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I'm fetching a JSON response and with that response, I have two values:

  1. Air shipment cost.
  2. Land shipment cost.

I want to save those two values somewhere in the client so that when a user chooses either 1 radio button or the other, I add that value to another element on the page.

Here's what I'm doing:

<script type="text/javascript">
    $(document).ready(function () {
        var landCost;
        var airCost;

$("#ddlCiudad").change(function () {
    var idCity = $("#ddlCiudad").val();
    $.getJSON("/ProductCheckout/GetPriceForLocation", { cityId: idCity, productId: idProduct, type: "land" },
        function (cityData) {
            console.log("Recieved json data."); //This part works. It outputs.

            var data = $.parseJSON(cityData);
            console.log("Parse JSON response."); //This part works. It outputs.

            landCost = data.LandCost;
            console.log("Assigned value of LandCost"); //FAILS HERE. nothing is shown. not even an error.
            airCost = data.AirCost;
            console.log("Assigned value of AirCost");

            console.log("Alerted land!");
            console.log("Alerted air!");

So what do you suggest? I need to have the values of this JSON response, available for usage on that page, if I declare the variable inside the change() event, it'll be out of scope.

{"DaysToShip":" TER = 48 Hrs / AER = 24 Hrs","LandCost":"25,00","AirCost":""}
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A quick fix would be to move the landCost and airCost declarations outside of document ready, so they'll be global. –  hyperslug Nov 3 '11 at 21:35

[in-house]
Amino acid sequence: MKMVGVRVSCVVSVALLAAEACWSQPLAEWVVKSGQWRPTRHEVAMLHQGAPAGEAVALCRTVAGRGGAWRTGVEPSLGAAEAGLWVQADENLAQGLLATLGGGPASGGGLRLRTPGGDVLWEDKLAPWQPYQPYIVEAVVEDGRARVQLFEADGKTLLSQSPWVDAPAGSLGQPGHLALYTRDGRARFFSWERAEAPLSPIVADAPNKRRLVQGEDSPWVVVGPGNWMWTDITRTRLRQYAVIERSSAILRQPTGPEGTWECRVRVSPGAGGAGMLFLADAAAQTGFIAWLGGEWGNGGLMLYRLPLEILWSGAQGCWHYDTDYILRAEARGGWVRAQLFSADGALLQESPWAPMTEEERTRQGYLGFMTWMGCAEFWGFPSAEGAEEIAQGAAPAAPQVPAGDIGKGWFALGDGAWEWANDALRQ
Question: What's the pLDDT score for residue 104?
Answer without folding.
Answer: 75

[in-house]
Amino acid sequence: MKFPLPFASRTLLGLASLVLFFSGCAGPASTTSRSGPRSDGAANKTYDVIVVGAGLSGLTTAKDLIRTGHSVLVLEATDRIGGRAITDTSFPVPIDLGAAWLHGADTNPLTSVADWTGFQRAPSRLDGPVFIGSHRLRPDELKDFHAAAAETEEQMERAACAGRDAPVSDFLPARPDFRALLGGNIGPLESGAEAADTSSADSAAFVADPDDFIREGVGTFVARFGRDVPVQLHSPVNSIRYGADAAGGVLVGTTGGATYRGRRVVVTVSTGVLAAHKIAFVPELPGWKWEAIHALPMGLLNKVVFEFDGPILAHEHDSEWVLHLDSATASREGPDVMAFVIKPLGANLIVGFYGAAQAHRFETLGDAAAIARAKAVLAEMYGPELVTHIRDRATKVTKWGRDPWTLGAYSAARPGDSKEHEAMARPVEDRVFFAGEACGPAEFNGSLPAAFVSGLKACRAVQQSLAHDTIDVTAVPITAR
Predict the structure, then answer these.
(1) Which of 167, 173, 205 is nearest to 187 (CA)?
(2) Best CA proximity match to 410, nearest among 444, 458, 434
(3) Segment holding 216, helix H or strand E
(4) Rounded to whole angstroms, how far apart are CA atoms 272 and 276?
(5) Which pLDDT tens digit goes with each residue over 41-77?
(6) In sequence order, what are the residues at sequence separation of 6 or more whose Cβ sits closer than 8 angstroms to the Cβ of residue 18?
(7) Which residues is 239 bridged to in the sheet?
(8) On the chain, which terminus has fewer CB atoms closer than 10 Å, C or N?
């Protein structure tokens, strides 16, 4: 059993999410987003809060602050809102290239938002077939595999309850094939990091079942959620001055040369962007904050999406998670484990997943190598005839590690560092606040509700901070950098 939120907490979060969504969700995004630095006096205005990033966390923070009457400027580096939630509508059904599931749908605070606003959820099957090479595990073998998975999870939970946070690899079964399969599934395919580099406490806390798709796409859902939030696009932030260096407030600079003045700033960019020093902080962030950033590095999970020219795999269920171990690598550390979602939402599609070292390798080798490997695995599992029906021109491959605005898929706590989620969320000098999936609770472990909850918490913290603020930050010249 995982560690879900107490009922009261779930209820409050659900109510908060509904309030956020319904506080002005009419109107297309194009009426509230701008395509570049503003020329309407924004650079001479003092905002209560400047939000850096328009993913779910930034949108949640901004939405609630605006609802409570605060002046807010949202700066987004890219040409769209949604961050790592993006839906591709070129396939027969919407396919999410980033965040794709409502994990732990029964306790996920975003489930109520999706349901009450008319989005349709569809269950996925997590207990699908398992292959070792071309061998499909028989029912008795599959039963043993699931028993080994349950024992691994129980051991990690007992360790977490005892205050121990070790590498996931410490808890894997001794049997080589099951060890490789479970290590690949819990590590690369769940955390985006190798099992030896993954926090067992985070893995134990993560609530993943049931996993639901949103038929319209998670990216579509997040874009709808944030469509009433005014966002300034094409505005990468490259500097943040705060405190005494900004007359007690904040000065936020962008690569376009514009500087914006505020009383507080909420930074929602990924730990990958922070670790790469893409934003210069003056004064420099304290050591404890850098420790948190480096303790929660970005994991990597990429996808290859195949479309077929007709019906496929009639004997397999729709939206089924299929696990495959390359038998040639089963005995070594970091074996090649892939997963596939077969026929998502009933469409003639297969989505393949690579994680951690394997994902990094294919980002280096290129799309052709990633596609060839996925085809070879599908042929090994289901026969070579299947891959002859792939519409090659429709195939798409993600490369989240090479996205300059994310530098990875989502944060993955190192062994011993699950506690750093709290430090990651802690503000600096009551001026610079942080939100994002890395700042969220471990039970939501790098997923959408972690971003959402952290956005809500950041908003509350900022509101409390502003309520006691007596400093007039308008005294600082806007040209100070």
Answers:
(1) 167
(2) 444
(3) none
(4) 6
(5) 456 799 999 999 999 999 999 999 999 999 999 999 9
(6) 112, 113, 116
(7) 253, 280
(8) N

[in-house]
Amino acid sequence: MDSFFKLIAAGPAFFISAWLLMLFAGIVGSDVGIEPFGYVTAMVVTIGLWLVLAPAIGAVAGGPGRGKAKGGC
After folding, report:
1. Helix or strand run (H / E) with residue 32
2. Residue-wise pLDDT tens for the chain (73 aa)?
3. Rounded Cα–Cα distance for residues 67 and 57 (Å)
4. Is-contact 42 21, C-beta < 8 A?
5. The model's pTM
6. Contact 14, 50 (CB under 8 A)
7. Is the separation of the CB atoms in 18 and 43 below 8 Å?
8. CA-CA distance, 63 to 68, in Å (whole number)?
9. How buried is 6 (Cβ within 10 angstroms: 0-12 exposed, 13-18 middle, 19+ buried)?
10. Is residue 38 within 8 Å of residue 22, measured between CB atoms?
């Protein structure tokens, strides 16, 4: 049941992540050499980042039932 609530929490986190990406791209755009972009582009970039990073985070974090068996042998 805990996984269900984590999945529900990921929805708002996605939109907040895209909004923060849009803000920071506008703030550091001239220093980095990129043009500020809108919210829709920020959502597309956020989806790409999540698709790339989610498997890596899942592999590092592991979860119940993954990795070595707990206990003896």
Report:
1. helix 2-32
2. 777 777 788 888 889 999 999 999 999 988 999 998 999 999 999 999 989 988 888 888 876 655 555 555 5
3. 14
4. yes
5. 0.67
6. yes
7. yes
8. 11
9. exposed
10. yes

I don't see why it would fail where you marked. If you put a console.log(data) after parseJSON, do you get the object you expect? –  hyperslug Nov 3 '11 at 21:42

5 Answers 5

up vote 0 down vote accepted


landCost = cityData.LandCost;
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Solved my problem. :) Curious though, if I can access JSON values like this, why would I need the parseJSON method? –  Only Bolivian Here Nov 3 '11 at 21:43
I take it back, I guess the OP wasn't posting the actual layout. @Sergio, if you call $.getJSON then jquery automatically parses it and returns an object/array you can use immediately. –  david Nov 3 '11 at 21:49
From api.jquery.com/jQuery.getJSON 'As of jQuery 1.5, the success callback function receives a "jqXHR" object' so my guess is that the parseJSON method is unnecessary –  Kostis Nov 3 '11 at 21:51
You don't need to call $.parseJSON() as it has already been parsed for you into a javascript object. –  craigb Nov 3 '11 at 22:43

If you really must use global variables, you can attach them directly to the window object.

window.airCost = cityData.AirCost;

Really though you want to have the json request and the 'radio button' handling in the same scope, so that you're not polluting the global namespace at all.

share|improve this answer

Your call to $.parseJSON() is returning null because the data passed to your callback has already been parsed to JSON.

var json = {LandCost:3, AirCost:5},
    results = $.parseJSON(json);

console.log(results); // results == null
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IF you want to globally declare your variables, either put them outside the jQuery closure ($(document).ready(function () {...});), or don't use var to declare them. If you don't use the var keyword the variable will default to a global.

Here is a jsfiddle of setting global variables without using the var keyword: http://jsfiddle.net/jasper/JWtbV/

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Never suggest to people not to use var. Globals are bad, but creating them implicitly like that is an order of magnitude worse. –  david Nov 3 '11 at 21:43
After running some performance tests it is slower (which is no shocker) however more like 20% slower, not 100% or worse. –  Jasper Nov 3 '11 at 21:48
I meant 'worse' from a style perspective, not performance. –  david Nov 3 '11 at 21:50

Have you considered using jQuery's $.data() function to attached the values directly to the body element in the DOM and accessing it from there?

// Set Values
$('body').data('landCost', data.LandCost);
$('body').data('airCost', data.AirCost);

// Retrieve Values //

Hope it helps.

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